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August 2010, F&I and Showroom - Feature

by Gregory Arroyo - Also by this author

Capital One Auto Finance’s story of survival over the last five years isn’t unlike other sources in this credit segment. And like other companies, the firm that once symbolized the full-spectrum lending movement appears poised to grow again. We sat down with Sanjiv Yajnik, the individual selected to steer the company’s auto finance business through the economic downturn, to find out if the company is indeed back in the driver’s seat.

F&I: Sanjiv, you took over Capital One’s auto finance unit in December 2007, right around the time the country was admitting that it was in a recession. What was the company’s response to the credit crisis and the fallout that ensued?

Yajnik: We essentially transformed our business by aggressively retrenching and repositioning ourselves at the outset of 2008. We scaled back our prime business by focusing on a much smaller network of dealers with whom we had deeper relationships, dealers who had better credit and profitability performance.

Our focus was on originating loans with better credit characteristics by tightening underwriting and steering our originations upstream within both the subprime and prime segments of the market. Basically, we stopped originating loans to the riskiest parts of the subprime segment.

Now, it was around that time that we kicked off our Diamond Dealer program, which we have refined since then. Essentially, it focuses on deepening relationships with key dealers, providing them with exceptional service and access to sophisticated direct marketing and pre-approved credit offers.

F&I: So, what results have you seen from the adjustments you made?

Yajnik: We are seeing solid indications of better credit performance from those originations across all of our segments. And as we look at our current originations, we are seeing signs that they are holding up against any further deterioration of the economy — even beyond what we presently expect.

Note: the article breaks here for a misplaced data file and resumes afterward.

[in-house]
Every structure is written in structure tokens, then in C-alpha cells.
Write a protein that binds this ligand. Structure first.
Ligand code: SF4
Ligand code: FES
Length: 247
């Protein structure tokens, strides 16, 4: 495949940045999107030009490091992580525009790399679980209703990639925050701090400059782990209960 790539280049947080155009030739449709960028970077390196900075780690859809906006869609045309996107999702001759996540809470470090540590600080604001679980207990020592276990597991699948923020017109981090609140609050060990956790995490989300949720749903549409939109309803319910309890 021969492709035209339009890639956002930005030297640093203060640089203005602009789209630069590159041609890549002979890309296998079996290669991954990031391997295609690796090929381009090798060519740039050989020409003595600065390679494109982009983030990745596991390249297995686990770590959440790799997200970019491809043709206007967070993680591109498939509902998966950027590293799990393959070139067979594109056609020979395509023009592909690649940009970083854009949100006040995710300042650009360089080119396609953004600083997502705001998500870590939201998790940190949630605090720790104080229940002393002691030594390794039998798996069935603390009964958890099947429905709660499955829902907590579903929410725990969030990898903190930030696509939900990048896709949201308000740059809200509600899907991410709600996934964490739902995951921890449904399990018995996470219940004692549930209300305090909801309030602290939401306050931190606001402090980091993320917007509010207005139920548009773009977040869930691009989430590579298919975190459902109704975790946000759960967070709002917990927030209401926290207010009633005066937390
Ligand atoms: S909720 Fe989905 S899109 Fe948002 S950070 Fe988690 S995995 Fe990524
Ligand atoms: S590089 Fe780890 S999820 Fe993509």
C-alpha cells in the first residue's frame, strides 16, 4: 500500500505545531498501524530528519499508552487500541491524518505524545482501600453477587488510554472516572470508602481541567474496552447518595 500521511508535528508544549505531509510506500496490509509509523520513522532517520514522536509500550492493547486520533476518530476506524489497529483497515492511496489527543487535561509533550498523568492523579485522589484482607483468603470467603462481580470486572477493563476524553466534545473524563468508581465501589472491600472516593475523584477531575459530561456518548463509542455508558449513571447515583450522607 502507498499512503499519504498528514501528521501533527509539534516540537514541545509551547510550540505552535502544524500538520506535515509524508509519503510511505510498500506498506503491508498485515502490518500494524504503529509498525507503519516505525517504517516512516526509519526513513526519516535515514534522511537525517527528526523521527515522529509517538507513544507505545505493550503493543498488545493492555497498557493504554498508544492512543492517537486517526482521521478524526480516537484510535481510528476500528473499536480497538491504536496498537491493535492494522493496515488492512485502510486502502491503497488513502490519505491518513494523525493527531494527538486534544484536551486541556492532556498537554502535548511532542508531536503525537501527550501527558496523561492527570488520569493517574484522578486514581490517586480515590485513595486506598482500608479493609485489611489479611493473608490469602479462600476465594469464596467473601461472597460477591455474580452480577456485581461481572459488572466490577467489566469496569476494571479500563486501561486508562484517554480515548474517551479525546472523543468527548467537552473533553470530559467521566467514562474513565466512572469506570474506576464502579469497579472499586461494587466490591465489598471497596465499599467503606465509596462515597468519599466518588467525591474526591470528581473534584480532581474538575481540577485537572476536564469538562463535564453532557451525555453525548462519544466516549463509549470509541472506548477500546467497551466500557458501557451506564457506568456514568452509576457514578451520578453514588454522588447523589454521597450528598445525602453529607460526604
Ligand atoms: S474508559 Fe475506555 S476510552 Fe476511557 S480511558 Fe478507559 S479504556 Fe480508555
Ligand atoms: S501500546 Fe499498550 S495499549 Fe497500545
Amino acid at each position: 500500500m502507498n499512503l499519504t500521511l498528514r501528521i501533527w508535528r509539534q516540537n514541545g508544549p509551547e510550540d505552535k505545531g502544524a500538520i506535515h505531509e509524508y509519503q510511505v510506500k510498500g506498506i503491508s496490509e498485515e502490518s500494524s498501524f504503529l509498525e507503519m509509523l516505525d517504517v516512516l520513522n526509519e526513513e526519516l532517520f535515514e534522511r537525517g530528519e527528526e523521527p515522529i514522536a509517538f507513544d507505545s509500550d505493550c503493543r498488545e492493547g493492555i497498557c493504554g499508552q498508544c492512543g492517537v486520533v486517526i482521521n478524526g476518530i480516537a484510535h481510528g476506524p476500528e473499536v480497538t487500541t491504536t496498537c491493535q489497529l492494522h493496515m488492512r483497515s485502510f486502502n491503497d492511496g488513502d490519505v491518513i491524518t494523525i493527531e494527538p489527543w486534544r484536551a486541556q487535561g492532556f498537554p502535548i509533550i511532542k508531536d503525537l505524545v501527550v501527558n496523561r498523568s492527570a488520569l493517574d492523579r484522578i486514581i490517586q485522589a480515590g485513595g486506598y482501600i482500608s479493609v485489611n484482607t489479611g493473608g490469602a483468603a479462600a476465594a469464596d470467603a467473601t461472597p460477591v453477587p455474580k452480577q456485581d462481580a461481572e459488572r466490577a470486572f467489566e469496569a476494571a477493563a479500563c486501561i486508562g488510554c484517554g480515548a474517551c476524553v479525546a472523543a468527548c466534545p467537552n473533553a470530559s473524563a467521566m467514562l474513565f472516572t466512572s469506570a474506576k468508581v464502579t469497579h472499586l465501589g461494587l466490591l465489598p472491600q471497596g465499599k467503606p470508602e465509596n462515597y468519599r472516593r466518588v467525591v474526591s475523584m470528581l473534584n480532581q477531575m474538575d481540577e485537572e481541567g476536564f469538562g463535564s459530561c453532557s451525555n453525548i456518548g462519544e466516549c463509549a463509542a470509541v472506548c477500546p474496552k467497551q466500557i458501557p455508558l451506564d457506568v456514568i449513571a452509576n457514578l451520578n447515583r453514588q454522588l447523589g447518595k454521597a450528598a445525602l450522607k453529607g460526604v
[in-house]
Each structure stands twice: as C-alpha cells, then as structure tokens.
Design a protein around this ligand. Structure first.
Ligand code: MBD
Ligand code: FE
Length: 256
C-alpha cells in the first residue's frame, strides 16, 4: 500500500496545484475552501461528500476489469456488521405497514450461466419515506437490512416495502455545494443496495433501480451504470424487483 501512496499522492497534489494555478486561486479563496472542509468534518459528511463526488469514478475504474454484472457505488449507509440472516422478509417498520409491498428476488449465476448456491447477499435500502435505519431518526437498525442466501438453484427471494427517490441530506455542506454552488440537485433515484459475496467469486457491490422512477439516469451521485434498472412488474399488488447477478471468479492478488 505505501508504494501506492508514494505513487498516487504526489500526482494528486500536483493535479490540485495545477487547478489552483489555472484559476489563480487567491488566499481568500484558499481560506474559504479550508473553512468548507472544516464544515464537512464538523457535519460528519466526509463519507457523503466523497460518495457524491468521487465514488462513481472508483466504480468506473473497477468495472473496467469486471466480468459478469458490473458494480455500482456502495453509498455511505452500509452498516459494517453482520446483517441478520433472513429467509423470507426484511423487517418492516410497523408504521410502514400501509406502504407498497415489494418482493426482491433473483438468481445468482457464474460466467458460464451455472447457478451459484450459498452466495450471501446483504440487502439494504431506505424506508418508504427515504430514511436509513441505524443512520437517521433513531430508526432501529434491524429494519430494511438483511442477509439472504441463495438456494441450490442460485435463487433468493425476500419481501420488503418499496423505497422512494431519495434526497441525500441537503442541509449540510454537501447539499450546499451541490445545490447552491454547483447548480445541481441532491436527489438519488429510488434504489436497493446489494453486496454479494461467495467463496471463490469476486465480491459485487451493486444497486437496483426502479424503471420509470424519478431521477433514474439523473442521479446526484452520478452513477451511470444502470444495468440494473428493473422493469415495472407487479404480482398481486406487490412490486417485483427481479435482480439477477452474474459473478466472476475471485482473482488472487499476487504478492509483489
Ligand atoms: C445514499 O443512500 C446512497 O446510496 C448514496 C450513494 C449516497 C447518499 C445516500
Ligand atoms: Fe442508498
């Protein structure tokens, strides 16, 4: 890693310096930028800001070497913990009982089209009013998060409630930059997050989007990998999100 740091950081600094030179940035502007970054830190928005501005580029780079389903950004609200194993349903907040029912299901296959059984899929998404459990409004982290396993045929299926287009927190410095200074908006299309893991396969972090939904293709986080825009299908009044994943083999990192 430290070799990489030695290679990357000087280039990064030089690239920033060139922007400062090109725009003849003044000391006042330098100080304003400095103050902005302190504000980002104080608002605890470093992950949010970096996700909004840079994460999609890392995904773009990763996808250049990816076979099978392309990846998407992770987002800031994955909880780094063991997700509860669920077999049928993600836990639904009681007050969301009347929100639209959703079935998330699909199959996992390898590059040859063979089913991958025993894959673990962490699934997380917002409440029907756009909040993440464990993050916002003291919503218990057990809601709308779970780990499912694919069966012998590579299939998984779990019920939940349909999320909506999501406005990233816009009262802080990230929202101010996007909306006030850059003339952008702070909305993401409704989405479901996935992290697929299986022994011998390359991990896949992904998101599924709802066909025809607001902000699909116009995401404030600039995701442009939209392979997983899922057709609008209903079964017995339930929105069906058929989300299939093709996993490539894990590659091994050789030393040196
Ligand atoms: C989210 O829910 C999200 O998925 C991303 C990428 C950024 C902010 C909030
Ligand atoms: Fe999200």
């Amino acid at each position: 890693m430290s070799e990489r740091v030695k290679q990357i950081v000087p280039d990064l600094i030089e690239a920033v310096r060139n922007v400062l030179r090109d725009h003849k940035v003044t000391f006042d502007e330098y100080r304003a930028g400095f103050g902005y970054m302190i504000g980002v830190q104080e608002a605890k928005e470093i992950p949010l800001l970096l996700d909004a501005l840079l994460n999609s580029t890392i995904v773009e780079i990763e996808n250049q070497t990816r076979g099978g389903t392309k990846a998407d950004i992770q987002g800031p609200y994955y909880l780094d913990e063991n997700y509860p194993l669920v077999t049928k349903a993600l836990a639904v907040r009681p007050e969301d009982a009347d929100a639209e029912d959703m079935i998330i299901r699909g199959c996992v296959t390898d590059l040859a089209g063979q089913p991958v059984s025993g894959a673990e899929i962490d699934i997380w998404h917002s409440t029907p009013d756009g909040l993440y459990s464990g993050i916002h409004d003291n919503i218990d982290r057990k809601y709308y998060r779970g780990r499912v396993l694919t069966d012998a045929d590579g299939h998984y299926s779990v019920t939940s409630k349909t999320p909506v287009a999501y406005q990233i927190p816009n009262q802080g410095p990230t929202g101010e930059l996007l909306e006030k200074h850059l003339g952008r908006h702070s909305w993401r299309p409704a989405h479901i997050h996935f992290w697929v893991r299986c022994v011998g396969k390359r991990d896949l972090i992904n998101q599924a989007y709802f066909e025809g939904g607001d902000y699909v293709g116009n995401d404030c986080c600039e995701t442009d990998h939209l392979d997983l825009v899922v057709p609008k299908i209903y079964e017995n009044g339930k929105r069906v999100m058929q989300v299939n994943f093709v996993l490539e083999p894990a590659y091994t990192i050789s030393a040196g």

Our total loans now stand at $17.2 billion, which is down from about $21 billion at the end of 2008. The decline is a result of our choice to cut back on the amount of new loans we booked this year.

So, in the first quarter we added about $1.3 billion in new loans. In the most recent quarter we booked another $1.7 billion. We are looking to slowly and methodically grow our business going forward, as our goal is to continue leveraging our dealer partnerships and originate loans in areas where we have significant expertise and experience.

Again, our current origination volumes are strong and we continue to hold or gain market share in what is once again a competitive auto market.

F&I: A competitive market typically means more sources for dealers, but I’m not sure dealers are seeing that these days.

Yajnik: The competitive intensity in the industry is returning. We are seeing expanded loan-to-value ratios, but we don’t see things going back to where they were. See, a lot of the loans originated in 2006 and 2007 were not profitable, and that was unhealthy for the whole industry.

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